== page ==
As former President Donald Trump faces the new reality of a special counsel leading Justice Department investigations on his conduct, a federal appeals court on Tuesday will hear arguments about whether it should remove what has been a notable hurdle in one of the probes.
The 11th US Circuit Court of Appeals will scrutinize a lower court’s requirement that a special master review the materials FBI seized from Trump’s Mar-a-Lago home and resort in August.
The move by a Florida-based judge to appoint a third party to help decide what of the roughly 22,000 pages of materials obtained in the search belongs in the hands of investigators – threw a significant wrench in the Justice Department’s criminal investigation into whether records from Trump’s White House were mishandled.
Prosecutors are examining whether there was obstruction of justice, criminal handling of government records, and violations of the Espionage Act, which prohibits unauthorized storage of national defense information.
The Justice Department has already won a carveout from the 11th Circuit allowing it to continue its investigation into the documents marked as classified.
Now, the Justice Department is asking to throw out the entirety of the special master review, which is being led by Raymond Dearie.
An appeals court decision that got rid of the special master review of the Mar-a-Lago documents would supercharge the pace of government documents investigation, which is in some ways the simplest of the various probes encircling the former president and 2024 candidate.
Special counsel Jack Smith is now overseeing the Mar-a-Lago investigation and the probe into Trump’s efforts after the 2020 election to reverse his electoral defeat. Smith is not expected to attend Tuesday’s hearing.
Sitting on the panel Tuesday, announced after a draw, are Chief Judge William Pryor, Judge Britt Grant and Judge Andrew Brasher, an official for the court told CNN.
Grant and Brasher, both Trump appointees, were on the panel that granted the DOJ request in September that it be allowed to restart its criminal investigation into the 100 or so documents marked as classified that the FBI obtained in the search.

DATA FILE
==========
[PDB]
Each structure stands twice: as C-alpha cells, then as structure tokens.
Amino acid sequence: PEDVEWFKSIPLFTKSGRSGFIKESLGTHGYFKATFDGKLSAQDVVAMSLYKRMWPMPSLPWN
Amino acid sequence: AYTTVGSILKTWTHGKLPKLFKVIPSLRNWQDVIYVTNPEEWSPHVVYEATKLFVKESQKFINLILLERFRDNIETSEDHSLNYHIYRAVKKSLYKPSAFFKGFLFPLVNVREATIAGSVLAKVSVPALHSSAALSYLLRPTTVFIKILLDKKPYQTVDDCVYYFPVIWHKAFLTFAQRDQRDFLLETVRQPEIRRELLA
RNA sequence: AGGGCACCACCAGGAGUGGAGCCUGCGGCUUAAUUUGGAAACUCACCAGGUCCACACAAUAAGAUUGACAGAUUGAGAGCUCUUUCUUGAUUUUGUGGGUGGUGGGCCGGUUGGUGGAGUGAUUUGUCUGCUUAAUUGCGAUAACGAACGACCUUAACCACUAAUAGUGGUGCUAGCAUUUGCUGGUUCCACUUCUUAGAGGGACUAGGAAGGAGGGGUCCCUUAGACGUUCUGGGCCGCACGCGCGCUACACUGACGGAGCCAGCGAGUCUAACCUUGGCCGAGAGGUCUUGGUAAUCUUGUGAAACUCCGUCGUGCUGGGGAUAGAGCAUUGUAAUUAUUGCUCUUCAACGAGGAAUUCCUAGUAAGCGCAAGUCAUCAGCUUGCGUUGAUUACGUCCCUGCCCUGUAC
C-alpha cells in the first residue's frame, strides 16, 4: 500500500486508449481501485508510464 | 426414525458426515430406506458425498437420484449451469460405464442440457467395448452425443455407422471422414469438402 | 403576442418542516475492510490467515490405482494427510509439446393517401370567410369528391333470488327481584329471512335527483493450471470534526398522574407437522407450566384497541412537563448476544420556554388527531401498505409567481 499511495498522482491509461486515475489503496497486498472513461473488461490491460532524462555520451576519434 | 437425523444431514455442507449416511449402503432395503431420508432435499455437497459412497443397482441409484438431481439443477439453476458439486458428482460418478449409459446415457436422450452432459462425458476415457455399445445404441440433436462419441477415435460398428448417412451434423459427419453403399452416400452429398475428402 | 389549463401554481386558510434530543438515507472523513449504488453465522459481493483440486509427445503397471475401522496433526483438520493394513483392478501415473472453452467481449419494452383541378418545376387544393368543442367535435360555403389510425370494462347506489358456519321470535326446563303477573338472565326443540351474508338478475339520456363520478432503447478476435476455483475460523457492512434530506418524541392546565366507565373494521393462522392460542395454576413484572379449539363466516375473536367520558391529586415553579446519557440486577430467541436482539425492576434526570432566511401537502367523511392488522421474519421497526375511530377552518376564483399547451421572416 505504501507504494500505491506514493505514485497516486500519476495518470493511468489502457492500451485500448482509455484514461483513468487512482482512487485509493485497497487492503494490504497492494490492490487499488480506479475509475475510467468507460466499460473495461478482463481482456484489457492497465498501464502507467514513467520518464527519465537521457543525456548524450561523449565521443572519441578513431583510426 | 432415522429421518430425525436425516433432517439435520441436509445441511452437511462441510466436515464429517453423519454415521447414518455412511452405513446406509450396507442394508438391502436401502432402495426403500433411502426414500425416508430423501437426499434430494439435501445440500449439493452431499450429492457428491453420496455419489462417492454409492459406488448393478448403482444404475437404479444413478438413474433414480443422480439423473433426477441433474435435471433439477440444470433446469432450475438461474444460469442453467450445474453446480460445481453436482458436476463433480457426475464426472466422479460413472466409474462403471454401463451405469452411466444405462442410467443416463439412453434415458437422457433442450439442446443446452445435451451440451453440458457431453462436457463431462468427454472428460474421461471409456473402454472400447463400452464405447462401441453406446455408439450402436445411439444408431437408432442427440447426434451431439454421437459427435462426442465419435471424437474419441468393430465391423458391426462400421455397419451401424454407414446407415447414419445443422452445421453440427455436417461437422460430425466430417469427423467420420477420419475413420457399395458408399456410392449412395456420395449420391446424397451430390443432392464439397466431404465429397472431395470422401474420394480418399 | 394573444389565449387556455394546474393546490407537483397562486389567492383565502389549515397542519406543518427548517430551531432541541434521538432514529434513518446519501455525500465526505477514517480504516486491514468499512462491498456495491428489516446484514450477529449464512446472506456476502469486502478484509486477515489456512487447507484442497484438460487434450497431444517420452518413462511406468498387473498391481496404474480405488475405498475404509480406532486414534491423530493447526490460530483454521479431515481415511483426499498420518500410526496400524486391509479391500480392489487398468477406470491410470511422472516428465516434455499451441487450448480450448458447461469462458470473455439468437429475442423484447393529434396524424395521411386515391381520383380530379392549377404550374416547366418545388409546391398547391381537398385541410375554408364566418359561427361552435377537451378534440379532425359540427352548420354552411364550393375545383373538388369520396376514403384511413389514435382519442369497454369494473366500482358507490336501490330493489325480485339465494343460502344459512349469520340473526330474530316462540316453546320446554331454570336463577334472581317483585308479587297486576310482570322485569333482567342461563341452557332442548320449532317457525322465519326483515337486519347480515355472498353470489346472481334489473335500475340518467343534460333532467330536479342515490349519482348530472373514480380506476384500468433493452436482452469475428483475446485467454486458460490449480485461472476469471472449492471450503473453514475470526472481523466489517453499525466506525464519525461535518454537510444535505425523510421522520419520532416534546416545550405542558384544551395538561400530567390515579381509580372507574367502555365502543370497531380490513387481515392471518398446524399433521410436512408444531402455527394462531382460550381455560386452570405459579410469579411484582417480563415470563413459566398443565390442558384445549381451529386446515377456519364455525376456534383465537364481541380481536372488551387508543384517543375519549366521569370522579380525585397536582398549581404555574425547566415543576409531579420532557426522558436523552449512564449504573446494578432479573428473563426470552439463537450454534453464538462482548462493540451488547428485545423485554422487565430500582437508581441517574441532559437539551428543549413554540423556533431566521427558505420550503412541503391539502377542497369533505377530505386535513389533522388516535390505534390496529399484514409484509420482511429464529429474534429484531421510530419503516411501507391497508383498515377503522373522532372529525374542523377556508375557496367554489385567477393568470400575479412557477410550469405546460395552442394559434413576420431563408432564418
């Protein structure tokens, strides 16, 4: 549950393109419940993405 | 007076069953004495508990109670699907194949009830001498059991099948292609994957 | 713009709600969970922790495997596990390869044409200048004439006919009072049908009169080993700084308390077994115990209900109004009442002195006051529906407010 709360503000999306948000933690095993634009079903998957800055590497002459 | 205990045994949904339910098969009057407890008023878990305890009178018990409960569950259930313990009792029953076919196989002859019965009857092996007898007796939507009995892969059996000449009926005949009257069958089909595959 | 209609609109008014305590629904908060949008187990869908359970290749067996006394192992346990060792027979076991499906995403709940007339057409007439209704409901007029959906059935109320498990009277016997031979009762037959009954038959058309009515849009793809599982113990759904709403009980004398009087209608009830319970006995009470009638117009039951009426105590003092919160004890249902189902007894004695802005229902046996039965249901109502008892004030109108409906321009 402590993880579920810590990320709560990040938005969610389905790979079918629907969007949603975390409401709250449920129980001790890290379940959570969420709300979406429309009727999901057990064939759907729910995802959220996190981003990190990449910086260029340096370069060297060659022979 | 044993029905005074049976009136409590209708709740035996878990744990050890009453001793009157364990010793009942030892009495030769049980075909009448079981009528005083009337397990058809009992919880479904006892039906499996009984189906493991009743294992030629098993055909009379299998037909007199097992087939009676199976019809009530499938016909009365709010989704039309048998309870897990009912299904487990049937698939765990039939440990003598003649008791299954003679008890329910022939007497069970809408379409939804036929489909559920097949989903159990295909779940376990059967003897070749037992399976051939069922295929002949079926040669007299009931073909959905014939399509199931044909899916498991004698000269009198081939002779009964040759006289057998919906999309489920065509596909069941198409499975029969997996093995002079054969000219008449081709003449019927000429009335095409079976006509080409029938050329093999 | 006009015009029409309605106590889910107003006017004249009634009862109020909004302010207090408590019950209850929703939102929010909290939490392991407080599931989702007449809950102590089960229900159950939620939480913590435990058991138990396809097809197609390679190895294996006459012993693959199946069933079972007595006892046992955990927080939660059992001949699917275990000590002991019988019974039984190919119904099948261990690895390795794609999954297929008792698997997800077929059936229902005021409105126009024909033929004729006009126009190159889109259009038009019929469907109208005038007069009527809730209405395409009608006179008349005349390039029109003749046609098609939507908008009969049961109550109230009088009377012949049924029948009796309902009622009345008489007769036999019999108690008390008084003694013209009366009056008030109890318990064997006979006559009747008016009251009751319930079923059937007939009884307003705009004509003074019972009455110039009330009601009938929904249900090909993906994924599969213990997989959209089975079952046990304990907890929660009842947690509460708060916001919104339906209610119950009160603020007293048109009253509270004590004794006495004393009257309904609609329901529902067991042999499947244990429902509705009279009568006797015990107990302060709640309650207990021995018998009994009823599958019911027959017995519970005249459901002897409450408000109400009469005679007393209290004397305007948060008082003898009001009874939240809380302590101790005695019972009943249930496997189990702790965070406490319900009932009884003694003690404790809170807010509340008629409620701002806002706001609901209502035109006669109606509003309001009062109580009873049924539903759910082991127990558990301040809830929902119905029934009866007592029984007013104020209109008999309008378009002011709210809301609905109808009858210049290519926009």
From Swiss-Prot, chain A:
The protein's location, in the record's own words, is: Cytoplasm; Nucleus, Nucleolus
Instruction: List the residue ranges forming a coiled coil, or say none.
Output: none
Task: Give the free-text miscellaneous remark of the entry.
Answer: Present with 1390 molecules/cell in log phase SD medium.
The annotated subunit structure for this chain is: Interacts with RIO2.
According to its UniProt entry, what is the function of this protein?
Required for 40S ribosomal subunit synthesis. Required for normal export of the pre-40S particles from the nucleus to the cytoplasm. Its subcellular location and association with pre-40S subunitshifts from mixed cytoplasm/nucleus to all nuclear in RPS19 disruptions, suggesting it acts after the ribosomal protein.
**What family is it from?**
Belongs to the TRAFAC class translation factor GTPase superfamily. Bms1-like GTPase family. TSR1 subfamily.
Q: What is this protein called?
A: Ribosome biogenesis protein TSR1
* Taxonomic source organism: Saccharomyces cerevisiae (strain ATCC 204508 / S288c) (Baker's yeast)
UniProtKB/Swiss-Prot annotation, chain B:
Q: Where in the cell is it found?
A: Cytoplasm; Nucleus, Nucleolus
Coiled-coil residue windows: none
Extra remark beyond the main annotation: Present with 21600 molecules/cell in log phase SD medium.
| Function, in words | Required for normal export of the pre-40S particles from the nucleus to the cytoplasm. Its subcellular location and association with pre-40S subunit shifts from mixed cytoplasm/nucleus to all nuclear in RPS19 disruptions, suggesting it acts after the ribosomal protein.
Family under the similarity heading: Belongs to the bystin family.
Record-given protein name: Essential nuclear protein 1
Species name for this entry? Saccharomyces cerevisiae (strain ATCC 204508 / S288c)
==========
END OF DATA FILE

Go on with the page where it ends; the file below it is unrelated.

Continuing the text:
Pryor is a George W. Bush appointee.
In the September ruling signed by Grant and Brasher concerning the classified documents, the appeals court cast doubt on the legal rationale the lower court judge used to appoint the special master.
Because the lower court did not find a “callous disregard” of Trump’s constitutional rights in the search, the 11th Circuit wrote then, that is “reason enough to conclude that the district court abused its discretion in exercising equitable jurisdiction here.”
The decision by US District Judge Aileen Cannon – who sits on the federal court in Ft. Pierce, Florida – to appoint a special master attracted criticism from a broad spectrum of legal experts.
When the 11th Circuit in September excluded the documents marked as classified from the review, the three-judge panel implied that the entire appointment of a special master was based on a legally flawed premise. However, it will be a new panel – picked at random – that hears DOJ’s appeal on Tuesday, creating the possibility that the former president will draw judges who are sympathetic to his claims.
Trump asked for the special master because he said that there was a risk that documents by attorney-client privilege or executive privilege were swept up in the search. In his arguments with the appeals court, however, he is focused on a theory that he had the ability to designate as personal the bulk of the documents from the White House. Therefore, Trump argues, the Justice Department has no right to carry on a criminal probe into how the materials have been handled.
“President Trump has an obvious interest in his own personal (and even Presidential) records and the District Court acted within its discretion in recognizing a neutral party was needed to facilitate adjudication of the legal status of the documents,” his lawyer said in a brief with the appeals court.
The Justice Department told the 11th Circuit that Trump’s new theory was “meritless,” “entirely irrelevant” and an argument that the appeals court should not even consider. Prosecutors argue that there was no justification for requiring the review and that the special master process, by holding up the ability of investigators to use the documents in their probe, is causing undue harm to the public’s interest in the speedy administration of criminal law.
Cannon appointed Dearie, a senior judge who sits on Brooklyn’s federal court, to manage the third-party review. Dearie has indicated he’d like to move quickly and has shown little patience for delay tactics from Trump’s team. However, Cannon has intervened at times to tweak his plans, including postponing the end date of the review until at least mid-December. At that point, Dearie will submit a report to Cannon with his recommendations for whom should prevail in the disputes between Trump and the prosecutors over whether certain documents can be used in the investigation, but Cannon will have the final call.
The Justice Department has already returned to Trump a selection of documents that were either legal in nature or were non-govermment records with sensitive personal information, like medical records. At stake now is the more than 2,800 documents obtained in the search that Trump is fighting to keep out of the investigators’ hands.
This story has been updated with additional details.